Dolly, Kenny vid drops Monday
Friday, September 13, 2013
– The world premiere of the video for You Can't Make Old Friends,
the new duet by Kenny Rogers and Dolly Parton , will be broadcast on ABC's Good Morning America this coming Monday, Sept. 16.
Rogers and Parton shot the clip, directed by Trey Fanjoy and produced by Trent Hardville, together earlier this year in Nashville. The song, written by Ryan Hanna King, Caitlyn Smith and Don Schlitz, is the title track from Rogers' new album, "You Can't Make Old Friends," out Oct. 8 on Warner.
It was thirty years ago almost to the day when Rogers and Parton released the multiple-chart number one hit, Islands In The Stream, a huge hit for the duo.
"I can't think of a more perfect song for the two of us to sing together," Rogers said the newsingle. "Out of everyone in the business, Dolly is my best friend, so naturally it has special meaning for the both of us. It was so good to be back in the studio with her. I'm thrilled to have our relationship documented this way."
Parton added, "There is just something about our chemistry with each other - our friendship - that people really sense what we really feel. To do a song that fits so many people, and certainly us, was an honor. It's been a wonderful journey, and I'm so glad I've been able to walk this road with Kenny."
The duet is available now on iTunes and is being offered as a instant download for those who pre-order the You Can't Make Old Friends album on iTunes. The video will be available for purchase next week at digital retailers.
The new disc is Rogers' first country album since "Water & Bridges" in 2006. Rogers will be inducted into the Country Music Hall of Fame this fall. This fall and winter, Rogers' tour will roll on with additional U.S. and Canadian dates, including the Christmas & Hits Through The Years Tour, his annual holiday performances, in late November and December.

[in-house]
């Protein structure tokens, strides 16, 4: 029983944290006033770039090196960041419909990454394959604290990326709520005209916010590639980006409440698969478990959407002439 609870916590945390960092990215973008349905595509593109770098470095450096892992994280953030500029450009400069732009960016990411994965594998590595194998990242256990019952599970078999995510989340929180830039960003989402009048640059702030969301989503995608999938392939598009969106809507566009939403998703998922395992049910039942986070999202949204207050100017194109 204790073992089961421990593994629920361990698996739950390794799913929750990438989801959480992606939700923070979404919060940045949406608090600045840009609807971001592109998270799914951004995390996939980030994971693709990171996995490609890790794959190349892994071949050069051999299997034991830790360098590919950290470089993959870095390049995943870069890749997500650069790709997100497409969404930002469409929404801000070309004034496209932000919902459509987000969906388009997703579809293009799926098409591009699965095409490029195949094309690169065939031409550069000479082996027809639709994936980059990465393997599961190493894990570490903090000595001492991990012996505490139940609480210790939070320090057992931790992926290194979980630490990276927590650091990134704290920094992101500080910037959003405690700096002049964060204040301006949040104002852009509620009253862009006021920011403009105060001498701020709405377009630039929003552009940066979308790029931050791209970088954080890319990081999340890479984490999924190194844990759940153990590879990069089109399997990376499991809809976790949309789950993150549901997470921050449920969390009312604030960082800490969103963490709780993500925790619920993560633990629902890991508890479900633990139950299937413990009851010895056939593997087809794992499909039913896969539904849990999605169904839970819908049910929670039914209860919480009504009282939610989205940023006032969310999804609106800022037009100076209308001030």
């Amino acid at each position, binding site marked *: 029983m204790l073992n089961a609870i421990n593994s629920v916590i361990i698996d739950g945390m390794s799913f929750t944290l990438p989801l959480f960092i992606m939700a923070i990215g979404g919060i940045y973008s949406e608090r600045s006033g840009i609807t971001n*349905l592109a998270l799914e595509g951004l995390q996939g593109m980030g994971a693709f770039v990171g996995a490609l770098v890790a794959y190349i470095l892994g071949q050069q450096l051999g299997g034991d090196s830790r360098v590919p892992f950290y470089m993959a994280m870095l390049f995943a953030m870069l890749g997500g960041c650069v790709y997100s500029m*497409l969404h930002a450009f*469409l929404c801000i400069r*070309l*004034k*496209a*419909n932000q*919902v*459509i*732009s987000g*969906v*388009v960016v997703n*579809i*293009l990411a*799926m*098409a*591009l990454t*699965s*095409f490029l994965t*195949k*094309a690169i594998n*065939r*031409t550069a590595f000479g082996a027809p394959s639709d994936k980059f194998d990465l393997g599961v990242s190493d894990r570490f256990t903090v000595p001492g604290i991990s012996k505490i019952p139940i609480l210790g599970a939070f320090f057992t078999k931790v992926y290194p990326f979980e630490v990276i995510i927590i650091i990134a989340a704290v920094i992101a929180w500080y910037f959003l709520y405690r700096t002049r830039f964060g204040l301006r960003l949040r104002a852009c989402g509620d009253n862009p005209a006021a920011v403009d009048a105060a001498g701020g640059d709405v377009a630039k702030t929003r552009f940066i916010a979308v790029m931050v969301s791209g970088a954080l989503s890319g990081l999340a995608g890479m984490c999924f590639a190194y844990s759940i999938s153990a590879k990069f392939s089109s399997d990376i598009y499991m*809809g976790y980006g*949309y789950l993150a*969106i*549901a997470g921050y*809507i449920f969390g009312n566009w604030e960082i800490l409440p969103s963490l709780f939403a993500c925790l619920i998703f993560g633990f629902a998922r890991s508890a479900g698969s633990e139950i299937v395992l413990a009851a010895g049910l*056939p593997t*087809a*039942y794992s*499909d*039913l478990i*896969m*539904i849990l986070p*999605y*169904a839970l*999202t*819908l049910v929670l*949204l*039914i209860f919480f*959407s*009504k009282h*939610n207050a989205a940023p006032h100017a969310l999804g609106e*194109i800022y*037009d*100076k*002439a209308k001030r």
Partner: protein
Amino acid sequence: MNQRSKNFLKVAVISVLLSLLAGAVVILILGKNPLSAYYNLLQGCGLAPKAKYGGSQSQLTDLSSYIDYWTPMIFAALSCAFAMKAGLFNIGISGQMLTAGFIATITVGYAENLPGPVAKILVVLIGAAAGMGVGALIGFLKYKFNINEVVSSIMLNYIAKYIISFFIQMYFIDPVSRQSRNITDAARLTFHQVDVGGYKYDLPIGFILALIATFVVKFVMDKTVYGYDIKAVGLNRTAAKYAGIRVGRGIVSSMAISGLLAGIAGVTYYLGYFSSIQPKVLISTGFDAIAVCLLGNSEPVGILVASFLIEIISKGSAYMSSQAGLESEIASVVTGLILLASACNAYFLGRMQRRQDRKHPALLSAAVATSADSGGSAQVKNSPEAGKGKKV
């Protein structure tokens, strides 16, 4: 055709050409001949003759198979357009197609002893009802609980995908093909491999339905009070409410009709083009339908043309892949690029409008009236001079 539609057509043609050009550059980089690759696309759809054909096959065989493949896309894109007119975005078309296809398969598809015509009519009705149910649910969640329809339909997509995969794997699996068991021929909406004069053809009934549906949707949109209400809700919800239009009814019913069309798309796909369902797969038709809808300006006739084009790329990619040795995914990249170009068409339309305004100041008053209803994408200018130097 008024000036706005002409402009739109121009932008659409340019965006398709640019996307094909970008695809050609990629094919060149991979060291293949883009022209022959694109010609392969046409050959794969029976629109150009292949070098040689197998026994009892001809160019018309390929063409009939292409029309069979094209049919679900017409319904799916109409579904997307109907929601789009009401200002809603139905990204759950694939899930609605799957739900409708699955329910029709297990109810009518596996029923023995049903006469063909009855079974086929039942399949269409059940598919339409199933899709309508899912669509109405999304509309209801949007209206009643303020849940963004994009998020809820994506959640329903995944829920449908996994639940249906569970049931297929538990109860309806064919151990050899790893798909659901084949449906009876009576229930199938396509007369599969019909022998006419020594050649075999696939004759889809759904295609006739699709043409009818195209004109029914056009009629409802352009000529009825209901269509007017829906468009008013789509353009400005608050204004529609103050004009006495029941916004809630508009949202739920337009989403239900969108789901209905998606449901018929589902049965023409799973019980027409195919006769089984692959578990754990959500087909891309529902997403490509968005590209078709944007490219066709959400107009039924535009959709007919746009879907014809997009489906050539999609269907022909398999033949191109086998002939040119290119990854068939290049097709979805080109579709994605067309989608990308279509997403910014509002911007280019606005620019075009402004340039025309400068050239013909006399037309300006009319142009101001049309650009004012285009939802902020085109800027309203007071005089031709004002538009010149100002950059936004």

Songs on the CD are:
1. You Can't Make Old Friends (Duet With Dolly Parton)
2. All I Need Is One
3. You Had To Be There
5. Turn This World Around
6. Dreams Of The San Joaquin
7. Don't Leave Me In The Night Time (Featuring Buckwheat Zydeco)
8. Look At You
9. Neon Horses
10. When You Love Someone
11. It's Gonna Be Easy Now
Of all the songs you never expected Dolly Parton to cover, Bon Jovi's "Lay Your Hands on Me" has got to be near the top of the list. Although by the time Miley Cyrus's godmother gets through personalizing the song there's not enough of the original left to call it a cover - just a word or two here and there and the chorus, which for those of you who have forgotten this masterpiece of 80's hair metal is just the title of the song repeated almost enough times to make a »»»
You Can't Make Old Friends